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Darwin’s Boulders

From my friend the Rev Michael Roberts. How Buckland and then Darwin, exploring in Wales, came to accept Agassiz’ Ice Age theory, with Michael’s own stunning images of locales. And no kittens, I’m afraid, but a field assistant [sic] dog

Peddling and Scaling God and Darwin

In June 1842 Charles Darwin undertook his last geological field trip. He was at his father’s house, The Mount  in Shrewsbury, that month and after a winter of sickness, he felt somewhat better. Thus, he went in his gig to Snowdonia to assess whether Buckland was correct in identifying proof of a former Ice Age. In October 1841 William Buckland travelled to Wales with Thomas Sopwith (his grandson designed the Sopwith Camel, a WW1 fighter plane) to see whether Agassiz could be right about a former Ice Age. In a few days of horrendous Welsh weather Buckland identified all the main glacial troughs

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Buckland dressed for Welsh Glaciers by Thomas Sopwith

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View from top of Y Garn 3104ft showing the Llugwy trough leading to Capel Curig, Llyn Idwal, a morainic lake.

To the left is Nant Francon, viewed below – with embellishments.

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In 1831 de la Beche painted this watercolour…

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In defense of accommodationism

Respectfully reblogged from Pigliucci’s Plato’s Footnote. Historically, an accommodationist was a believer who, like William Buckland (Dean of Westminster), or the Free Church of Scotland theologian Henry Drummond, sought to accommodate their interpretation of their faith to scientific discoveries. More recently, the term has been used to refer to those who neglect to sufficiently disparage religion while expounding science, a neglect that some consider sinful.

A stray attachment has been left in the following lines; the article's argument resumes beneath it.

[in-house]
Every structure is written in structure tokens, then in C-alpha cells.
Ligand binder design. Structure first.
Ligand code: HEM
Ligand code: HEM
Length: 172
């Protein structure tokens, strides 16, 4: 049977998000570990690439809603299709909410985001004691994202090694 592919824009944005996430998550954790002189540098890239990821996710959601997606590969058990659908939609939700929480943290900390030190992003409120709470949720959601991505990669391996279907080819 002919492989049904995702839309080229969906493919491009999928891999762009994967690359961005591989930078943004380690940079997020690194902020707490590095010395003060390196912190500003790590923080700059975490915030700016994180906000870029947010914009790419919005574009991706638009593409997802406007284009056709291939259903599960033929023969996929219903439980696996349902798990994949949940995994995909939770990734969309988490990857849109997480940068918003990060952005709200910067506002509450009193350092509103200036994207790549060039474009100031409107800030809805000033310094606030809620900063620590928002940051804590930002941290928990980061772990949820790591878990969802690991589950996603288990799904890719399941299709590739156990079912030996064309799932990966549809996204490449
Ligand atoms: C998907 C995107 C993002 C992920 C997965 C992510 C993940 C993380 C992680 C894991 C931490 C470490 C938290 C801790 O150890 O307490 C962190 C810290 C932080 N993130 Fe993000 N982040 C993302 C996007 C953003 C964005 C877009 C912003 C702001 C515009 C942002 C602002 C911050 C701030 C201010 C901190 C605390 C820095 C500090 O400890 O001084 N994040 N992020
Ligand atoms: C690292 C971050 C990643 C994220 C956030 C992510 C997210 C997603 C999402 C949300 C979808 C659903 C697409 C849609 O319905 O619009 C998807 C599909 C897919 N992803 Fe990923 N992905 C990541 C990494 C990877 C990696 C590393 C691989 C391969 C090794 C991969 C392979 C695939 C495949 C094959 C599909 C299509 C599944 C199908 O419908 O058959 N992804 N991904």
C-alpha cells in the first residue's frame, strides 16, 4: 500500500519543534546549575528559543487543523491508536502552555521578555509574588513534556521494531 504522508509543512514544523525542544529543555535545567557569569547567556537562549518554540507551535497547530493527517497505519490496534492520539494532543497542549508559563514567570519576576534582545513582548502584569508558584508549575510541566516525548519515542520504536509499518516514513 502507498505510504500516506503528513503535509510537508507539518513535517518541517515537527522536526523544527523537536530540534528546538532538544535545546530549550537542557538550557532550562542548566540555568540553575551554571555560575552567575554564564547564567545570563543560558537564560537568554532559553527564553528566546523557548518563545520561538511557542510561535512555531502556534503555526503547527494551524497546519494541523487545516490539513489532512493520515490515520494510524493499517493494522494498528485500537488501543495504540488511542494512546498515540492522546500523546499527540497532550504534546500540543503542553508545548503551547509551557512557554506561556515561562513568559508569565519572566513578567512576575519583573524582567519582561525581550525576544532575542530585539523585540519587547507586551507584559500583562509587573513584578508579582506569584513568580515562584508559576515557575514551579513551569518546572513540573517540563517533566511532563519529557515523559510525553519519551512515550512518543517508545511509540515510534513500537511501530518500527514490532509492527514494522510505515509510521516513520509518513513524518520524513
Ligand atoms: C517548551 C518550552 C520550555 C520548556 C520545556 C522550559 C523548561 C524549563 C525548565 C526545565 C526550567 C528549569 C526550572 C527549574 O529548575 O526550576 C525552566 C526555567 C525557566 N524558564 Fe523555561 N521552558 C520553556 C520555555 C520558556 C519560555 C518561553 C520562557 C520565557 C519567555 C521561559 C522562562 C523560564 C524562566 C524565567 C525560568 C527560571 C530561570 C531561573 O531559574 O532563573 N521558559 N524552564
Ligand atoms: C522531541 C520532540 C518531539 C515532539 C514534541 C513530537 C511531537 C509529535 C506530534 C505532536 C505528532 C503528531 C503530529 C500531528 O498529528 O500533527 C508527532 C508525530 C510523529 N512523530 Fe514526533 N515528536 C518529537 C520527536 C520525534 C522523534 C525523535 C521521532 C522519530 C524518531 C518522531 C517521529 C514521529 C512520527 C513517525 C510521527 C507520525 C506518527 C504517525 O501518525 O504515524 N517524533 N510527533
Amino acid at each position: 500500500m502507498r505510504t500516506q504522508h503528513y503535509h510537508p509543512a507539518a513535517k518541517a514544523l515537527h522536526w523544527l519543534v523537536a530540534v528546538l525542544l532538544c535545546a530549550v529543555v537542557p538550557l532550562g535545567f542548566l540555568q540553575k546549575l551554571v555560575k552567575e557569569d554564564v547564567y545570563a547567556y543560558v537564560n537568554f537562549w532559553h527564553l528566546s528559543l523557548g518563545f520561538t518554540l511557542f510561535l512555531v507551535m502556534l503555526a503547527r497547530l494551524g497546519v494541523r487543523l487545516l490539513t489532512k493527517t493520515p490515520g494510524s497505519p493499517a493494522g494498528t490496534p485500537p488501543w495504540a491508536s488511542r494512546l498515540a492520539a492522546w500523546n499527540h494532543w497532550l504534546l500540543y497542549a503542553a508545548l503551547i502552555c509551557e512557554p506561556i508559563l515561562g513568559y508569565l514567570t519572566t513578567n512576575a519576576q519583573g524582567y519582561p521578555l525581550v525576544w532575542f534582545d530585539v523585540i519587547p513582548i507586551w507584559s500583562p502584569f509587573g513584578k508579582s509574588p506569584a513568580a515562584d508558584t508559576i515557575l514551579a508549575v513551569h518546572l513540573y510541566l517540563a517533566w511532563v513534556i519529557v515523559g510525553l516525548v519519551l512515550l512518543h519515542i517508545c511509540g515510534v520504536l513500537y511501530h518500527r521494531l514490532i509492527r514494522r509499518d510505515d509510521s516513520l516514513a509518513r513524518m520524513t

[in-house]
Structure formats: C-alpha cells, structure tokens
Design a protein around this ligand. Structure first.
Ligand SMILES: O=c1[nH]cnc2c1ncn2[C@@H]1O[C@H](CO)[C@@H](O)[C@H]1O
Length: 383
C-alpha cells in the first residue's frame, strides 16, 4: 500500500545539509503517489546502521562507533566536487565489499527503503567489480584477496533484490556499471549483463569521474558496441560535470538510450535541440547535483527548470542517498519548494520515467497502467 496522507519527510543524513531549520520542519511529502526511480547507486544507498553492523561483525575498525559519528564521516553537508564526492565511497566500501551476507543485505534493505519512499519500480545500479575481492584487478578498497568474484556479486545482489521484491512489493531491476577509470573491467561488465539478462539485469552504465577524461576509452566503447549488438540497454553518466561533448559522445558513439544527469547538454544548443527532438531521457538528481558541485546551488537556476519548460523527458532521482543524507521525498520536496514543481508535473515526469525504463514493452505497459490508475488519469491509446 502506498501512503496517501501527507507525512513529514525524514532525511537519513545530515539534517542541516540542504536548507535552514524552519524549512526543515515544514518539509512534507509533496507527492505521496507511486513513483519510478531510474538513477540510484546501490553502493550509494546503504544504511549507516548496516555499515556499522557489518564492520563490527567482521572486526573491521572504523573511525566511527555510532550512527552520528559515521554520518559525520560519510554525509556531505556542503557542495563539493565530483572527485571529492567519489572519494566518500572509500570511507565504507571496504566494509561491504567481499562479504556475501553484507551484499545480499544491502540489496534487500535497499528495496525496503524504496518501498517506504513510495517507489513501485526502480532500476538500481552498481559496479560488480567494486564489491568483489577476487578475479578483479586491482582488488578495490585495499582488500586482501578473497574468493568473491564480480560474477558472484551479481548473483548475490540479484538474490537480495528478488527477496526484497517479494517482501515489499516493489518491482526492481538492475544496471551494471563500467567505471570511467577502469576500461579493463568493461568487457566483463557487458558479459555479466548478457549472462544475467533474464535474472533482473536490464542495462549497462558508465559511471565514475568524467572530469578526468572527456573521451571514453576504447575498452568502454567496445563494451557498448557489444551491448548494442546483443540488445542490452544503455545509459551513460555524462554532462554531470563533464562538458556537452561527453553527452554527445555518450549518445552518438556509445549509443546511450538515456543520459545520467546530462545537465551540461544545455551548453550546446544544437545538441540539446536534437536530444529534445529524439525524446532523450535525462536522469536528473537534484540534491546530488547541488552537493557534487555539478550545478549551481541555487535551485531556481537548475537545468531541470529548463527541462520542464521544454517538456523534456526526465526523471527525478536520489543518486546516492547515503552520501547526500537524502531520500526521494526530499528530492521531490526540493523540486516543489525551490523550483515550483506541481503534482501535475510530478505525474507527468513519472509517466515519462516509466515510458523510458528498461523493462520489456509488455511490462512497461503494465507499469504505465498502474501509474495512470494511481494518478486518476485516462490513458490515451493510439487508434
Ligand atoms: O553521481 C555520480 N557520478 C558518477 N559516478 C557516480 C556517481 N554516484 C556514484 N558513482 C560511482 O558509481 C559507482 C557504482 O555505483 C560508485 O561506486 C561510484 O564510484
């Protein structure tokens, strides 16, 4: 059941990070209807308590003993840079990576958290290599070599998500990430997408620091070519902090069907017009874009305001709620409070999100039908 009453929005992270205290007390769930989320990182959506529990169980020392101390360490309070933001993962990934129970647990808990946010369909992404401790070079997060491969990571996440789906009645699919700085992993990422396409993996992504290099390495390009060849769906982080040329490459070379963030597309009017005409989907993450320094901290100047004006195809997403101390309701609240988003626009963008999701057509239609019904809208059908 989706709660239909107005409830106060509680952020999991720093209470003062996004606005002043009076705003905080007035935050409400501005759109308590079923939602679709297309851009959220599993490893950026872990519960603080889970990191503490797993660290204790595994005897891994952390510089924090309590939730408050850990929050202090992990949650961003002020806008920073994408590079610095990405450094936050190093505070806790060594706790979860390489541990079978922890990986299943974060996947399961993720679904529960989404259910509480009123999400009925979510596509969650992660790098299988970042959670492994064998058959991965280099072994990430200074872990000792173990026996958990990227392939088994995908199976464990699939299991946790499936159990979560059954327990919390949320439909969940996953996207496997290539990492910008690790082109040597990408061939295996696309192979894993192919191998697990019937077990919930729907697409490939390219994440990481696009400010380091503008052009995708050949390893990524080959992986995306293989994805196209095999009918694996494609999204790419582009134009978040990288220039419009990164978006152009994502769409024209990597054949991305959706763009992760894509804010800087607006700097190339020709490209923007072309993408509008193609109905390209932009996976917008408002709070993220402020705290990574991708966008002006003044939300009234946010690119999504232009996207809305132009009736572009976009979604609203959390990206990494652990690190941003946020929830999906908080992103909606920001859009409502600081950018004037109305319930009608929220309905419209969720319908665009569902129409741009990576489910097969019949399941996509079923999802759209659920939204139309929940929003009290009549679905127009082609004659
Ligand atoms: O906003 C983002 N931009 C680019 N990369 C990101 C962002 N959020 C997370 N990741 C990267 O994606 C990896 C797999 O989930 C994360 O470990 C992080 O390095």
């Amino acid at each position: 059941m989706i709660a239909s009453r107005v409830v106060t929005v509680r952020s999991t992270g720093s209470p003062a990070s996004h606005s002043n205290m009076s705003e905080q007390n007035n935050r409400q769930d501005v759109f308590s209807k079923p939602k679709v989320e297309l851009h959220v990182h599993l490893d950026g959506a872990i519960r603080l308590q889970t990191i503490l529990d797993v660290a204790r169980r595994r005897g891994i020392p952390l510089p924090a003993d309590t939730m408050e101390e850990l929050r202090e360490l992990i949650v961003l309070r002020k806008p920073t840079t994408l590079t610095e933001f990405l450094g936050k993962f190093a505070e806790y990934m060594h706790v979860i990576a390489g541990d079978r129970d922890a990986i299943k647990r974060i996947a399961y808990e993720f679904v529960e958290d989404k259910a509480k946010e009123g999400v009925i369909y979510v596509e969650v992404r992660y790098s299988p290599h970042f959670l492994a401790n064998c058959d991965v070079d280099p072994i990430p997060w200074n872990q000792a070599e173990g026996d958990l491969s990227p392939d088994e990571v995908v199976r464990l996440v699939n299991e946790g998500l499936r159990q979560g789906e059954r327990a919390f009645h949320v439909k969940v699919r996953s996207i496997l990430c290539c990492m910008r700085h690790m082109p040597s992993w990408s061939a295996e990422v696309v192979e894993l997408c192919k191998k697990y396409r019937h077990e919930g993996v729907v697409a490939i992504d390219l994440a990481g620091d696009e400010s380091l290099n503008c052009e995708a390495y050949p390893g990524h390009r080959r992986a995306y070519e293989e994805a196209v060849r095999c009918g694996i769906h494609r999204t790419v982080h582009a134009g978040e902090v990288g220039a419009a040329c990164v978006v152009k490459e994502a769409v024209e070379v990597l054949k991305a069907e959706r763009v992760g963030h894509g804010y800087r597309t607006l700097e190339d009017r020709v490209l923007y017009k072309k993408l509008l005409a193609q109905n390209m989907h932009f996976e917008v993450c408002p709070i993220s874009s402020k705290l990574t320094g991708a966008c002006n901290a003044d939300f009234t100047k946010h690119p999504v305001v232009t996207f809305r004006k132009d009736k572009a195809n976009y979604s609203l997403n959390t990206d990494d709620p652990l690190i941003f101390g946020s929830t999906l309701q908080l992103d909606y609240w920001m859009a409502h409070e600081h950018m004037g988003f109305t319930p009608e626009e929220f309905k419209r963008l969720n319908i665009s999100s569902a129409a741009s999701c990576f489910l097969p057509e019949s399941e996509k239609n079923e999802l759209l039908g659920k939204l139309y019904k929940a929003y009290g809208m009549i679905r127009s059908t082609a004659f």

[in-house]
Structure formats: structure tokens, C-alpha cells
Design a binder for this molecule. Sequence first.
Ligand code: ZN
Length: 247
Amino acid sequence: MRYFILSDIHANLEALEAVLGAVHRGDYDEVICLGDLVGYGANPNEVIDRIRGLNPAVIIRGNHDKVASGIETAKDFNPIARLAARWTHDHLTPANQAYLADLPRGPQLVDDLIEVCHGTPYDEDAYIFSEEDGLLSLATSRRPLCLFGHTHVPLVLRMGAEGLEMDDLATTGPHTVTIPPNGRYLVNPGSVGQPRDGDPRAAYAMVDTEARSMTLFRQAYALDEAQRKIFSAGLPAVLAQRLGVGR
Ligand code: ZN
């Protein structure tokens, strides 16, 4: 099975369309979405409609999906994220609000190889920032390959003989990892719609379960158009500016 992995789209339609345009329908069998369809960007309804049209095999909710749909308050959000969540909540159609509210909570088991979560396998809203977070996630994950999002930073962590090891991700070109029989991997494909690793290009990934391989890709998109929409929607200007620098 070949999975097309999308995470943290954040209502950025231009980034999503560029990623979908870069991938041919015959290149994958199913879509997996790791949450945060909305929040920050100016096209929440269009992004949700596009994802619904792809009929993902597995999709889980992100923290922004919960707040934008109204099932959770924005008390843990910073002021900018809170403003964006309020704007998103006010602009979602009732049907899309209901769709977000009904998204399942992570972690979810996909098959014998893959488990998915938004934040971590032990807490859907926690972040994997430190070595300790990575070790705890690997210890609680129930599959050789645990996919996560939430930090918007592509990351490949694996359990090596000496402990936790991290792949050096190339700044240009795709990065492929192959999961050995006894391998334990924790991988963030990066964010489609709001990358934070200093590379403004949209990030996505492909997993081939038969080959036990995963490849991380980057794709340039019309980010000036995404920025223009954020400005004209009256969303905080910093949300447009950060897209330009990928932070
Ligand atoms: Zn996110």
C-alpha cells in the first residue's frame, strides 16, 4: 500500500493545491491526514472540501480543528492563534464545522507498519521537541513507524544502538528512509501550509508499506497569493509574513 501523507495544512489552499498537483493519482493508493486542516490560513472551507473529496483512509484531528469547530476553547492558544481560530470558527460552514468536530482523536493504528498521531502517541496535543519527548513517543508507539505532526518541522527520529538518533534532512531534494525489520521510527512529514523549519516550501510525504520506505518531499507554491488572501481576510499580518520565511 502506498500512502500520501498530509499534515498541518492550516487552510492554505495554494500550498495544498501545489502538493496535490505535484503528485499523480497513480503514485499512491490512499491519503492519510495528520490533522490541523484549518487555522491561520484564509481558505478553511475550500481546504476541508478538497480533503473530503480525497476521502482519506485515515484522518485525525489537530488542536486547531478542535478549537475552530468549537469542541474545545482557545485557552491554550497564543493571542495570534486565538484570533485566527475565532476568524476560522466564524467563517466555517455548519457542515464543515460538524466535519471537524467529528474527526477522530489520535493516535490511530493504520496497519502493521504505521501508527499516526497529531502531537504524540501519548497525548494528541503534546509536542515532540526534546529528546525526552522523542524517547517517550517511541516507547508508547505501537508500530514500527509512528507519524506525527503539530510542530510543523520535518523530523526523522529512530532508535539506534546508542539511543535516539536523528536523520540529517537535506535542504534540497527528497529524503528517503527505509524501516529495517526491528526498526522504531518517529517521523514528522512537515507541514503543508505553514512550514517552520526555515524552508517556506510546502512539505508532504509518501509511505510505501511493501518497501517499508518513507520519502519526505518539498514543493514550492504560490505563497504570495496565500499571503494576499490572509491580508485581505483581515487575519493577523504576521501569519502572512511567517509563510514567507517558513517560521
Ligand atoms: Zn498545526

Footnotes to Plato

science and religionA recent essay I wrote for The Philosophers’ Magazine online has, predictably perhaps, generated a minor storm (well, more likely a tempest in a teacup, but still). The piece is what I thought amounted to a mild, substantive criticism of a well reasoned piece by independent philosopher Russell Blackford, entitled Against accommodationism: How science undermines religion. Russell, in turn, was reviewing (very, very positively) the latest book by biologist and New Atheist Jerry Coyne, Faith Versus Fact: Why Science and Religion Are Incompatible. I am a known critic of New Atheism (though myself an atheist) so I figured I’d add my two cents once again.

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